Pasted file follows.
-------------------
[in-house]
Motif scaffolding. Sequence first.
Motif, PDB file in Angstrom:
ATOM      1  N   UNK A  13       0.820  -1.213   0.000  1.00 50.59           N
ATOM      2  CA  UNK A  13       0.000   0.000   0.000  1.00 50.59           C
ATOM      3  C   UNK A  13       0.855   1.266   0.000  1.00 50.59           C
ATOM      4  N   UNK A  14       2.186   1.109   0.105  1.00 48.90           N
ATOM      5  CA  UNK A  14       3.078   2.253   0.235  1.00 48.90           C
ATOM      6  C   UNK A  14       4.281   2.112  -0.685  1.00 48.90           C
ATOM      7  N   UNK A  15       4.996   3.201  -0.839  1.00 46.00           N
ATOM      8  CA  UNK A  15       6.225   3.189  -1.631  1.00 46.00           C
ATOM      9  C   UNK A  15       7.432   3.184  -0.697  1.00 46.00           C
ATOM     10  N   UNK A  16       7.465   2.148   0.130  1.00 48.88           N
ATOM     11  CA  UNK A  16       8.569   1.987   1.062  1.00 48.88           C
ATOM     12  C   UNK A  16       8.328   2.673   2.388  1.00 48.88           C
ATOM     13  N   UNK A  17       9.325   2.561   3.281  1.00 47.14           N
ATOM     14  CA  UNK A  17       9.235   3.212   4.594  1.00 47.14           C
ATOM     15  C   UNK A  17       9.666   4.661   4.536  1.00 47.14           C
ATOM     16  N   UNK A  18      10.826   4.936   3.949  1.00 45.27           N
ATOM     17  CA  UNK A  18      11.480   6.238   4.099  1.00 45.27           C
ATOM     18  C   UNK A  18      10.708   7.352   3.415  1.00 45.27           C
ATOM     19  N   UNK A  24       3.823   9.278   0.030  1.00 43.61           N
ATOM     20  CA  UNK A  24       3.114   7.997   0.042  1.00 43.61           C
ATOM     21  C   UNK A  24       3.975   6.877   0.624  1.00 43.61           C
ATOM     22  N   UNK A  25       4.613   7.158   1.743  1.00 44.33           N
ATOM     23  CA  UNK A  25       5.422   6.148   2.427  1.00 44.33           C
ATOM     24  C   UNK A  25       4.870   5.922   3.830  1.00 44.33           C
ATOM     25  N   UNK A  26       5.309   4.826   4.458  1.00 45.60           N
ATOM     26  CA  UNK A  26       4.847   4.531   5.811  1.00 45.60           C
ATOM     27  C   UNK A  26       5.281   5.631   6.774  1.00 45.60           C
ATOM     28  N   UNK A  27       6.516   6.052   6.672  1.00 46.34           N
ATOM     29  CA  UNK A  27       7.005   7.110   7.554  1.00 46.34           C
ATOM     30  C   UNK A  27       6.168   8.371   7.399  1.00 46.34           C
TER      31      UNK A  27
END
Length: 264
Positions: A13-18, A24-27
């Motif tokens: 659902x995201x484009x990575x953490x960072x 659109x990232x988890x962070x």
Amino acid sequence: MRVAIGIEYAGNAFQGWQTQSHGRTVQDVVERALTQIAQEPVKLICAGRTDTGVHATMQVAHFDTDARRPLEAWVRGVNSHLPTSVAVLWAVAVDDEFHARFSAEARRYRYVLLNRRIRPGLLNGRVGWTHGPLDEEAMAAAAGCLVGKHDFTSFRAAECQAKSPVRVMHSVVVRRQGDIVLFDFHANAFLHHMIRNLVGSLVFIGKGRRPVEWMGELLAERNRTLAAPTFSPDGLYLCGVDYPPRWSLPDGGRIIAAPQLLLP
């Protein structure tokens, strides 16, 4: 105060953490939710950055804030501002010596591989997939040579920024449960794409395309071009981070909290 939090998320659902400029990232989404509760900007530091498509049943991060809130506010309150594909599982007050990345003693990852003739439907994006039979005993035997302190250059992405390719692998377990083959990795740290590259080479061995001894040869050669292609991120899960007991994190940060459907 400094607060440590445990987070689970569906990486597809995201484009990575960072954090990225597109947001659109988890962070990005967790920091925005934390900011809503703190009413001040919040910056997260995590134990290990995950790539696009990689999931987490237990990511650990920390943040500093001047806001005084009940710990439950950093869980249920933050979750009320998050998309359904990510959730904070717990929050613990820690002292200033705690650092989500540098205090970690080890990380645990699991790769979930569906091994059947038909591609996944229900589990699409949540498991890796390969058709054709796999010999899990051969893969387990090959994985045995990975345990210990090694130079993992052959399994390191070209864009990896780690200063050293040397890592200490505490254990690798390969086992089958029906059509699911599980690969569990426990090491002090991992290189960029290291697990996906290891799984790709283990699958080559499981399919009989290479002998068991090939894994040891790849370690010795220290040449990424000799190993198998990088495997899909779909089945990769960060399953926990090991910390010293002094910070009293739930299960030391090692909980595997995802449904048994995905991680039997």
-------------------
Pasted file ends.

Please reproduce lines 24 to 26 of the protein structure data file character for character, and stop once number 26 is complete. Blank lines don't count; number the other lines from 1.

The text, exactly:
ATOM     21  C   UNK A  24       3.975   6.877   0.624  1.00 43.61           C
ATOM     22  N   UNK A  25       4.613   7.158   1.743  1.00 44.33           N
ATOM     23  CA  UNK A  25       5.422   6.148   2.427  1.00 44.33           C